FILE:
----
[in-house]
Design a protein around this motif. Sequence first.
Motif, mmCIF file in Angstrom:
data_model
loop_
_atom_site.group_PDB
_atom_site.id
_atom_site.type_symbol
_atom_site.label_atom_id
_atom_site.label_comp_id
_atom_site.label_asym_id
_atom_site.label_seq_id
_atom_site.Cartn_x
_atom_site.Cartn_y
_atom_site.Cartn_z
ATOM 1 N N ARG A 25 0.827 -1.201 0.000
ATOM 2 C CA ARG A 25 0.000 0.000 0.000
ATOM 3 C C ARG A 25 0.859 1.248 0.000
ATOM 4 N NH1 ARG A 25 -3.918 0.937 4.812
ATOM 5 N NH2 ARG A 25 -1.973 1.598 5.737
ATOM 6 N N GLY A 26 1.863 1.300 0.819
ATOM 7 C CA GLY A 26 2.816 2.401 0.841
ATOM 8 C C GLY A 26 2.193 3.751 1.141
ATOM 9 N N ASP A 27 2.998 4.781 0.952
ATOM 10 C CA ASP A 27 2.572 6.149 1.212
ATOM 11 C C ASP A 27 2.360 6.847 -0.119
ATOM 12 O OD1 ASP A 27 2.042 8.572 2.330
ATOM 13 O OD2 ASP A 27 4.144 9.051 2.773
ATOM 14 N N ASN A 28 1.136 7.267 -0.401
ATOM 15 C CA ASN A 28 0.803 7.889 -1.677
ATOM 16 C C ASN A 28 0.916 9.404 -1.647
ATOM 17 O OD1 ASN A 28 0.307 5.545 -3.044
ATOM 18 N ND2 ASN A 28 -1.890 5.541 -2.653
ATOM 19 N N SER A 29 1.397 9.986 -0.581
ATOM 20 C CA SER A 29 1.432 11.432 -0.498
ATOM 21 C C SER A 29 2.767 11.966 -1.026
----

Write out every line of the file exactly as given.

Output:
[in-house]
Design a protein around this motif. Sequence first.
Motif, mmCIF file in Angstrom:
data_model
loop_
_atom_site.group_PDB
_atom_site.id
_atom_site.type_symbol
_atom_site.label_atom_id
_atom_site.label_comp_id
_atom_site.label_asym_id
_atom_site.label_seq_id
_atom_site.Cartn_x
_atom_site.Cartn_y
_atom_site.Cartn_z
ATOM 1 N N ARG A 25 0.827 -1.201 0.000
ATOM 2 C CA ARG A 25 0.000 0.000 0.000
ATOM 3 C C ARG A 25 0.859 1.248 0.000
ATOM 4 N NH1 ARG A 25 -3.918 0.937 4.812
ATOM 5 N NH2 ARG A 25 -1.973 1.598 5.737
ATOM 6 N N GLY A 26 1.863 1.300 0.819
ATOM 7 C CA GLY A 26 2.816 2.401 0.841
ATOM 8 C C GLY A 26 2.193 3.751 1.141
ATOM 9 N N ASP A 27 2.998 4.781 0.952
ATOM 10 C CA ASP A 27 2.572 6.149 1.212
ATOM 11 C C ASP A 27 2.360 6.847 -0.119
ATOM 12 O OD1 ASP A 27 2.042 8.572 2.330
ATOM 13 O OD2 ASP A 27 4.144 9.051 2.773
ATOM 14 N N ASN A 28 1.136 7.267 -0.401
ATOM 15 C CA ASN A 28 0.803 7.889 -1.677
ATOM 16 C C ASN A 28 0.916 9.404 -1.647
ATOM 17 O OD1 ASN A 28 0.307 5.545 -3.044
ATOM 18 N ND2 ASN A 28 -1.890 5.541 -2.653
ATOM 19 N N SER A 29 1.397 9.986 -0.581
ATOM 20 C CA SER A 29 1.432 11.432 -0.498
ATOM 21 C C SER A 29 2.767 11.966 -1.026